The bill would require FEMA to complete the affordability study required by Biggert-Waters within two years of the date of enactment.

It would also lift the arbitrary $750,000 cap on the affordability study to ensure FEMA has the funding required to complete it, also within two years of the bill’s enactment.

It would allow FEMA to utilize the National Flood Insurance Fund (NFIF) to reimburse policyholders who successfully appeal a map determination. FEMA currently has the authority to reimburse homeowners for successful appeals of map findings, but Congress has never appropriated funding for this purpose.

Making appeal reimbursement an eligible expense of the NFIF would give FEMA the incentive to “get it right the first time” and repay homeowners for contributing to the body of flood risk knowledge. Unsuccessful appeals would not be reimbursed in any way.

FEMA’s AR and A99 flood zone categories provide more affordable flood insurance to qualifying communities that are in the process of levee construction, reconstruction, and improvements. Current regulations require a certain level of federal participation to qualify for either an A99 or an AR designation, and therefore prevent FEMA from giving communities fair credit for improvements made to existing flood control systems. Proactive communities that invest in mitigation should not be penalized for self-financing flood protection projects. 

The bill would establish a Flood Insurance Advocate within FEMA to answer current and prospective policyholder questions about the flood mapping process and flood insurance rates. The advocate would be responsible for educating policyholders about their individual flood risks, their options in choosing a policy, assisting property owners through the map appeals process, and would be tasked with improving outreach and coordination with local officials, community leaders, and Congress.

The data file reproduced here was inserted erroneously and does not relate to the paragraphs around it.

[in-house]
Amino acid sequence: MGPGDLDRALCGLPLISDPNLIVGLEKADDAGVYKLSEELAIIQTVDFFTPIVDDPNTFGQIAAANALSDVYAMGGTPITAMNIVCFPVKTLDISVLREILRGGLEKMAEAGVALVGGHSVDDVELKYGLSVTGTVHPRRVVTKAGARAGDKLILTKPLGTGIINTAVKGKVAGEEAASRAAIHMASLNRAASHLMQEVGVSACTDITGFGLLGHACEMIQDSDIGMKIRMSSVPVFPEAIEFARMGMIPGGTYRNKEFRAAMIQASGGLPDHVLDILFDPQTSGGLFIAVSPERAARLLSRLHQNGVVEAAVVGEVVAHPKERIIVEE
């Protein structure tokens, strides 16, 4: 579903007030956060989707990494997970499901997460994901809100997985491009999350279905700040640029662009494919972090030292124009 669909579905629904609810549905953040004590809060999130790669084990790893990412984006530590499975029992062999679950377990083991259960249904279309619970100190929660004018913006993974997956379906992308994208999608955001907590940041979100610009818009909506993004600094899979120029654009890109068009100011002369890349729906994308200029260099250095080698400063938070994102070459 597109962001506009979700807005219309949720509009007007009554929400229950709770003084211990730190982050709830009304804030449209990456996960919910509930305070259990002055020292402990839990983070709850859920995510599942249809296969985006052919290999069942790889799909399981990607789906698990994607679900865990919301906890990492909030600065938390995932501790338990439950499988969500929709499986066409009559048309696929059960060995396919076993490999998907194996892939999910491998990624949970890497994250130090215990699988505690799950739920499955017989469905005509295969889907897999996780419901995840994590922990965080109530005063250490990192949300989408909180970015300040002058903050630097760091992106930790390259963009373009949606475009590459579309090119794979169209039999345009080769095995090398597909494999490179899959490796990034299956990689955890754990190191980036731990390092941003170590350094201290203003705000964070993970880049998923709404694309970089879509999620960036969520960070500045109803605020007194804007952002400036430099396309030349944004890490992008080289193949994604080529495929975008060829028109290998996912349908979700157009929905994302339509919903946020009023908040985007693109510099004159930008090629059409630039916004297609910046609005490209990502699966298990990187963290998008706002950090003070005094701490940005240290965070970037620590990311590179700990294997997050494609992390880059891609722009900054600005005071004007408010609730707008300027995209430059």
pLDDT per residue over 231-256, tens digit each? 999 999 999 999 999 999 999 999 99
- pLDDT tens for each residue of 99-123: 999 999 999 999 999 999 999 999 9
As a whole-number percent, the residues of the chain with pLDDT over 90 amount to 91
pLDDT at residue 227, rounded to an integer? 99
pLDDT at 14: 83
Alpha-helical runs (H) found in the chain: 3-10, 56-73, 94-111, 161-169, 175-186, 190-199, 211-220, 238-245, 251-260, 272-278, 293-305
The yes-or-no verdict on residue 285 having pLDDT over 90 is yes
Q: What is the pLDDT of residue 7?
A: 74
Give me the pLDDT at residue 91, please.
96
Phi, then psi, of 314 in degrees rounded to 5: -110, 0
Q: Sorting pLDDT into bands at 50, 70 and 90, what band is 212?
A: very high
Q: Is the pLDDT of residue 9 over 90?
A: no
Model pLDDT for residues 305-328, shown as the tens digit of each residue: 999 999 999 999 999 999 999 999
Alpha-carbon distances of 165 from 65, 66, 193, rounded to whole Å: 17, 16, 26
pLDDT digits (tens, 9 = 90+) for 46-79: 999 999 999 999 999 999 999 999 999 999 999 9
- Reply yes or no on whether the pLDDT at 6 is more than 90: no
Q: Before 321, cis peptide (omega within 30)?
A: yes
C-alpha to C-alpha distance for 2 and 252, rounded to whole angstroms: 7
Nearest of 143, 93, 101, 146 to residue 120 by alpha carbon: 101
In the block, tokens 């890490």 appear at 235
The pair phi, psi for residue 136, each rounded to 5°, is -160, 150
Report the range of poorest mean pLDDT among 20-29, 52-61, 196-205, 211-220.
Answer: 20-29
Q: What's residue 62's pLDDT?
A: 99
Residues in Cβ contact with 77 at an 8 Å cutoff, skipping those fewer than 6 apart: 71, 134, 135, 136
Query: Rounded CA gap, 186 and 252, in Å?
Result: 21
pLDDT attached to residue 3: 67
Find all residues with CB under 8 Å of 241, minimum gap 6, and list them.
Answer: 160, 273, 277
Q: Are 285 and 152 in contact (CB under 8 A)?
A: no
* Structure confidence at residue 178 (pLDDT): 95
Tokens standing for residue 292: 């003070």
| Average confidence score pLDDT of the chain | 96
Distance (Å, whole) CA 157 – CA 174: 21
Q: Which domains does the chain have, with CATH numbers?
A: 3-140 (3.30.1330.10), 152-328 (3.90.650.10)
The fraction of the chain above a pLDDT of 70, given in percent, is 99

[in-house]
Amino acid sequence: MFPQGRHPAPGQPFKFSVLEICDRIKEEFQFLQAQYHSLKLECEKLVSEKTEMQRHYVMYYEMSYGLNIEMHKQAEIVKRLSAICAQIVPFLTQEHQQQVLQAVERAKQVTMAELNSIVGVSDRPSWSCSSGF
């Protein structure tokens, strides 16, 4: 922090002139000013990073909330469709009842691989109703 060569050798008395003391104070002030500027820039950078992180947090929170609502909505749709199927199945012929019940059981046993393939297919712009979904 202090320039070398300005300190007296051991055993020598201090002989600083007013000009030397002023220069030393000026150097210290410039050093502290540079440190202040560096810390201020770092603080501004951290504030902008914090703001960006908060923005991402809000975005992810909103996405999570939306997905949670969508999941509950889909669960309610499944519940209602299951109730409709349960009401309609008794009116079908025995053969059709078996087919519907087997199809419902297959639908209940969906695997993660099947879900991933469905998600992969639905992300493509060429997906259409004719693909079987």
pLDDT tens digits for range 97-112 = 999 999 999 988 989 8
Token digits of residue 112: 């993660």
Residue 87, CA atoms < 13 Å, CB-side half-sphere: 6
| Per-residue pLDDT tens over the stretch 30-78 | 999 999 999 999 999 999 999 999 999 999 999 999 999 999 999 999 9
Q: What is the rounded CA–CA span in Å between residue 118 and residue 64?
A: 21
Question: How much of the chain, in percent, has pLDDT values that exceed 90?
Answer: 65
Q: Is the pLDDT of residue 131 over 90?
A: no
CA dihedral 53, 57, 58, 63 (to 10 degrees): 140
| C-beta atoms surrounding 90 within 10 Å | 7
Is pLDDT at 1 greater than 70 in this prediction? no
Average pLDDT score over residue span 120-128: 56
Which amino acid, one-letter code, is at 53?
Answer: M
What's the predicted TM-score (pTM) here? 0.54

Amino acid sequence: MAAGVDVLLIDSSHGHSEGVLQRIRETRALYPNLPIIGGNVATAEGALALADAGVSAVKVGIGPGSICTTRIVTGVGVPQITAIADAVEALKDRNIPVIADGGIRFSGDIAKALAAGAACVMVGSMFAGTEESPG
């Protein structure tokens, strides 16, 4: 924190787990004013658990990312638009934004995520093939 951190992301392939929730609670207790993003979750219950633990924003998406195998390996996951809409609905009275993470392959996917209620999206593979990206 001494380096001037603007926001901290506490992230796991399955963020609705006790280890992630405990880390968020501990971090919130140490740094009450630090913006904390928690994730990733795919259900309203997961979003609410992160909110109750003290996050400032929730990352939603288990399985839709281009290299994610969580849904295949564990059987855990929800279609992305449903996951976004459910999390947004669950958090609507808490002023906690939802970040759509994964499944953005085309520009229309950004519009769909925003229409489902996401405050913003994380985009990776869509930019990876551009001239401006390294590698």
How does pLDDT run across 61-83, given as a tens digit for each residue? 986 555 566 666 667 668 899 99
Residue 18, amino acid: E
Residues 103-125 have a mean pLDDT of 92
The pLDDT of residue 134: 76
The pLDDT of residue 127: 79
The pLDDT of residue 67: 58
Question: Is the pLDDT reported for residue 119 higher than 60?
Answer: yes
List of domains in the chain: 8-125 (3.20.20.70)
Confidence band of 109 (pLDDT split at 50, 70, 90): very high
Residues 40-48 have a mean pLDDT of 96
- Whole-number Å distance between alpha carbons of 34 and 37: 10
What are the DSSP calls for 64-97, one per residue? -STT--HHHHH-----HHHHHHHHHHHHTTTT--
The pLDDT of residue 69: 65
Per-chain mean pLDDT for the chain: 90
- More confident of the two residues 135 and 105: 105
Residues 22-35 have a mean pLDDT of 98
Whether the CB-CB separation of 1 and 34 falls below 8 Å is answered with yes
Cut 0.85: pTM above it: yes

“As we continue to recover from the worst natural disaster in our state’s history, a manmade disaster is looming, jeopardizing that recovery,” said Sen. Menendez in a press release. “The combination of new flood maps and phase out of premium subsidies for the National Flood Insurance Program threatens to force victims out of their homes and to destroy entire communities.”

The bill now advances to the House of Representatives, where it must be put on the calendar for a vote by House Speaker John Boehner.

The House is considering a similar bill sponsored by U.S. Representative Frank LoBiondo (NJ-02).

As reported last week by the Beachcomber News, Boehner has stated that he would not bring the bill to the floor for a vote as written. He has requested a modified version that would reduce the financial impact on the debt.

“There is a finite window of opportunity to help millions of households from the crushing financial burden on the horizon,” LoBiondo said in a press release Thursday, in which he urged Boehner to follow the Senate’s lead. “There is bipartisan agreement on the scope and depth of this problem. There is also a bipartisan solution readily available and approved by the Senate. It is imperative we take action and inexcusable if additional vote delays occur.”